From hardcore gaming to everyday use, there’s a new MSI laptop for everybody
Motorola MOTOKRZR K1
- Great design, Slim and compact, Build quality, Solid features list, A2DP Bluetooth profile, Bluetooth headset included in sales package
- Not kind to fingerprints, Flat keypad, Slow speeds for messaging and some menus
With a stunning reflective surface and unique slim design, the MOTOKRZR K1 is one of the best looking mobile phones we’ve seen. It’s not all about looks though, as this phone has a generous features list for its asking price.
Price$ 850.00 (AUD)
Hot on the heels of its successful big brother, the RAZR V3, comes Motorola's latest effort to satisfy a desire for all things thin; the MOTOKRZR K1. Successfully taking the famous RAZR V3 design and putting it on a slimming diet, Motorola has created an excellent handset that features a touch of class thanks to a mirror style, glass coated body.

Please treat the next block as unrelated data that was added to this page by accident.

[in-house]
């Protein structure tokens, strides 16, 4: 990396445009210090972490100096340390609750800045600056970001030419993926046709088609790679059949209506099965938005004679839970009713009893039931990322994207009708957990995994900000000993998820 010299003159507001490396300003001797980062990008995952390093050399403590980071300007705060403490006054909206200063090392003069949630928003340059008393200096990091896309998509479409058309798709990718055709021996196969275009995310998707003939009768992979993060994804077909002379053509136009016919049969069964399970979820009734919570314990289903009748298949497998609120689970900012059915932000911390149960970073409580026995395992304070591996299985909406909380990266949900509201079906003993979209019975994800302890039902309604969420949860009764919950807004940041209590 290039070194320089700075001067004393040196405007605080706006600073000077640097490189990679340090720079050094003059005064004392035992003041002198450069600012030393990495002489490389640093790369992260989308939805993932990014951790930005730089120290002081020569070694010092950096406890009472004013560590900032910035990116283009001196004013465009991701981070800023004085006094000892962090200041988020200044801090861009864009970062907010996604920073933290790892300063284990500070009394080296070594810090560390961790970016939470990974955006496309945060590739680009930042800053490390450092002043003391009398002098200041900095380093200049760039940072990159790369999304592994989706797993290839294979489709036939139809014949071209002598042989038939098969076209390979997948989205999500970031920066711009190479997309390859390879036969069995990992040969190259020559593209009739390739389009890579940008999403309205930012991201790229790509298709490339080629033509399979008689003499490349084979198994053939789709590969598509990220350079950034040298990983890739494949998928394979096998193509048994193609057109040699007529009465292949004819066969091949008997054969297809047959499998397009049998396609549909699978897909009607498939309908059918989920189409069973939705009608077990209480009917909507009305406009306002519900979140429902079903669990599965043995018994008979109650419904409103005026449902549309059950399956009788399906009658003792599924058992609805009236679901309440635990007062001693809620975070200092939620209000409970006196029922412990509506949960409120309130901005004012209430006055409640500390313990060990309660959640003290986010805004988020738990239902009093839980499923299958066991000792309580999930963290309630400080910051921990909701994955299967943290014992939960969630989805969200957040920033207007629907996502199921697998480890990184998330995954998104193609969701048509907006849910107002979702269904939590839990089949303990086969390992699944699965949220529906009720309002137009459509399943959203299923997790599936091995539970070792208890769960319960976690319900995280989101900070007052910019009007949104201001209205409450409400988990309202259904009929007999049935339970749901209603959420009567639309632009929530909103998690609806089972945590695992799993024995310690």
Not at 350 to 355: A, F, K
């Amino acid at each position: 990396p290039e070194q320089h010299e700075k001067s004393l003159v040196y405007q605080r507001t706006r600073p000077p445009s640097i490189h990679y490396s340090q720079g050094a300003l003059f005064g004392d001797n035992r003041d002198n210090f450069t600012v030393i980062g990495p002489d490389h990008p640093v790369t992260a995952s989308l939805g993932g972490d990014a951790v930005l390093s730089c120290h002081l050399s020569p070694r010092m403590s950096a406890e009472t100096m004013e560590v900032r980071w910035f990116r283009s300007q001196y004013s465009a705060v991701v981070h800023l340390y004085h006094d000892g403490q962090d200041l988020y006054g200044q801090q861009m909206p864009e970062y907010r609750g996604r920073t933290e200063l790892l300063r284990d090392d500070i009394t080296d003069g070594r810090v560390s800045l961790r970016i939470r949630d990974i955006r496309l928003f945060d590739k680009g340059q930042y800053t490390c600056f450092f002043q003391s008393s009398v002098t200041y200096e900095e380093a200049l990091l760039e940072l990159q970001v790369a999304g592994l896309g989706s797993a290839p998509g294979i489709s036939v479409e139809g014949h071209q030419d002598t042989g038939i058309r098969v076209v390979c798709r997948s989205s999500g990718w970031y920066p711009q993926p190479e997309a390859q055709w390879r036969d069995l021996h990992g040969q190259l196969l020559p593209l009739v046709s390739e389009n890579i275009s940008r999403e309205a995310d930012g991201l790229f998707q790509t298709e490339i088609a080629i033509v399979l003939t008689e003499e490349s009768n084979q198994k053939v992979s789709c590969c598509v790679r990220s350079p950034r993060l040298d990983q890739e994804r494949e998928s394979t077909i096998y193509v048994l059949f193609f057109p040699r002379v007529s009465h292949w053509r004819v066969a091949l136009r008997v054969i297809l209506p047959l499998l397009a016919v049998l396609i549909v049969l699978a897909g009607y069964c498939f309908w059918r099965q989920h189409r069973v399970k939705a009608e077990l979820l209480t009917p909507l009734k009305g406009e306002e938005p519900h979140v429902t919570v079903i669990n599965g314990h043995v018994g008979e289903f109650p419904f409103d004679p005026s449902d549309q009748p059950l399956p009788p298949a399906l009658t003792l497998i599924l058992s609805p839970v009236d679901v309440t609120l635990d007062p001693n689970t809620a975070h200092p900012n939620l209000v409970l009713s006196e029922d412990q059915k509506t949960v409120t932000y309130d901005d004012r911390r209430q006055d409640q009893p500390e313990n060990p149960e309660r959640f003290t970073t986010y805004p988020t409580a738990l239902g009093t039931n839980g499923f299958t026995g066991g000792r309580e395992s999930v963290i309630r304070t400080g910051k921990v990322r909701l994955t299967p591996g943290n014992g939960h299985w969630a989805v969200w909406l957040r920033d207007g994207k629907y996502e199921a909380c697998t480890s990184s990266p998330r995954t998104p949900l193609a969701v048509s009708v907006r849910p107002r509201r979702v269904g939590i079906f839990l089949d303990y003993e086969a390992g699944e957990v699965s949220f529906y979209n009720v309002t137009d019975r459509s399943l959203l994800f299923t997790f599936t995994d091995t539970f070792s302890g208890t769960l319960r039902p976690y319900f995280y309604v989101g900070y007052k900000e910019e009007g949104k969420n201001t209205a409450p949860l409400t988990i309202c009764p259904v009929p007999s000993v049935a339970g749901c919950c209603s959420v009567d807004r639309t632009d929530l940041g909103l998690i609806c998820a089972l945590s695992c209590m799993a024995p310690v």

Measuring 103mm x 42mm x 16mm, the MOTOKRZR is one of the slimmest phones currently available on the market. The original RAZR V3 was thin, but received some criticism for being too wide. In the MOTOKRZR, Motorola has successfully retained the same popular design, but made it smaller, slimmer and sleeker. The result is a handset that looks fantastic, and is comfortable to use.
What makes the MOTOKRZR shine though is its surface. It features a distinctive metallic gloss finish and the same reflective qualities of a mirror. The dark blue glass finish is both attractive and elegant and will ensure you stand out from the crowd. Unfortunately the surface attracts plenty of fingerprints, so much so that Motorola has even included a cleaning cloth in the sales package.
We were very impressed with the build quality of the MOTOKRZR. Everything from the display, right down to the flip mechanism gives the impression of a very solid and well built handset. The metal back plate further contributes to this sense of toughness; although we didn't try it, you shouldn't have too many worries if you accidentally drop this handset. Our only complaint with the design is the large area below the keypad; it is quite chunky and stands out too much for our liking. This was also prevalent on the original RAZR V3, and while it isn't a huge problem, we think the handset would look even better without it.